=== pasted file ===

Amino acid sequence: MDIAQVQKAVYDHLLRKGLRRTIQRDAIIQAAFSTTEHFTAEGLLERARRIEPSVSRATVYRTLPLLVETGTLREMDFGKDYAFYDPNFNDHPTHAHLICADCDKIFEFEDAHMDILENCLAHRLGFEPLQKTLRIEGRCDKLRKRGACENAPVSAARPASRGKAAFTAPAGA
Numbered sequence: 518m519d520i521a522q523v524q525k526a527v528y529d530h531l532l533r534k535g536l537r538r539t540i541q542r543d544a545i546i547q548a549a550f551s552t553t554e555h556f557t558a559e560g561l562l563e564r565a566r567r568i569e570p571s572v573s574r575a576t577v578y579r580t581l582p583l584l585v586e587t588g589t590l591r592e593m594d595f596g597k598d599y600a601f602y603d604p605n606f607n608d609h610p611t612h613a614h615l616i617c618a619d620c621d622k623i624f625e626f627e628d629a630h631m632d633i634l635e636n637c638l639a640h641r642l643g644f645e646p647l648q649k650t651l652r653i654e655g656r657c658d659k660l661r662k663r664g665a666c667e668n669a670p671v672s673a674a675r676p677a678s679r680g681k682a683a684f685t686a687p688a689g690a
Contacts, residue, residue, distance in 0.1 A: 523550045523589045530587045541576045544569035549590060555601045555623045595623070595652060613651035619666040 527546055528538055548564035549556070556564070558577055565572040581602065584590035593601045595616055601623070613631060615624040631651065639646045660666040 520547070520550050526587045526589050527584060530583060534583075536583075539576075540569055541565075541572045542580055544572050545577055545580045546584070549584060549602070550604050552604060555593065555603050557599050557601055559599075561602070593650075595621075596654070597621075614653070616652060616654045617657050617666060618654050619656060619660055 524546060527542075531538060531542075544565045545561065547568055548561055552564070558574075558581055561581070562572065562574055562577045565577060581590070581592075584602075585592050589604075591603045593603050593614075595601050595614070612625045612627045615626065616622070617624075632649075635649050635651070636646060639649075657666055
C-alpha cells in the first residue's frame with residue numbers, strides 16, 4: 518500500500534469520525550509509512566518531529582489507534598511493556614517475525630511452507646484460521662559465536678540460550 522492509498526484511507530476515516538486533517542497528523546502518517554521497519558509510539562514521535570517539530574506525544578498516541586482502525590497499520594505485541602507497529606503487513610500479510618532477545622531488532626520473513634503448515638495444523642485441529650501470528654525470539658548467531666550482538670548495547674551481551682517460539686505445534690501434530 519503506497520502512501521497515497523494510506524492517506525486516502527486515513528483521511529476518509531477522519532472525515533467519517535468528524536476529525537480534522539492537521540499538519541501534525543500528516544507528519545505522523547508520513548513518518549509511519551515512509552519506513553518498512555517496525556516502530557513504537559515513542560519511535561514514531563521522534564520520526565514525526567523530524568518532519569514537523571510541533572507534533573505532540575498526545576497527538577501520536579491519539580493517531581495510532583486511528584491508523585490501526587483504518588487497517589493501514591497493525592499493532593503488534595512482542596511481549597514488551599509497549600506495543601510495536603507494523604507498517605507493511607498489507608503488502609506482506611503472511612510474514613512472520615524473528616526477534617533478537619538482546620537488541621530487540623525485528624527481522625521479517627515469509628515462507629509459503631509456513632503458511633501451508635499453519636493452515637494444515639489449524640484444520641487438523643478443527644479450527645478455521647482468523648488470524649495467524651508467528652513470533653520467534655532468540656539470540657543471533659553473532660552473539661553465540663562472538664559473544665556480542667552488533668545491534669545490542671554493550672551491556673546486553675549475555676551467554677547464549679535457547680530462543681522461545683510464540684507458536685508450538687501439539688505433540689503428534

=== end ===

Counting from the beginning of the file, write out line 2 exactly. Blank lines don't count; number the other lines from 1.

Numbered sequence: 518m519d520i521a522q523v524q525k526a527v528y529d530h531l532l533r534k535g536l537r538r539t540i541q542r543d544a545i546i547q548a549a550f551s552t553t554e555h556f557t558a559e560g561l562l563e564r565a566r567r568i569e570p571s572v573s574r575a576t577v578y579r580t581l582p583l584l585v586e587t588g589t590l591r592e593m594d595f596g597k598d599y600a601f602y603d604p605n606f607n608d609h610p611t612h613a614h615l616i617c618a619d620c621d622k623i624f625e626f627e628d629a630h631m632d633i634l635e636n637c638l639a640h641r642l643g644f645e646p647l648q649k650t651l652r653i654e655g656r657c658d659k660l661r662k663r664g665a666c667e668n669a670p671v672s673a674a675r676p677a678s679r680g681k682a683a684f685t686a687p688a689g690a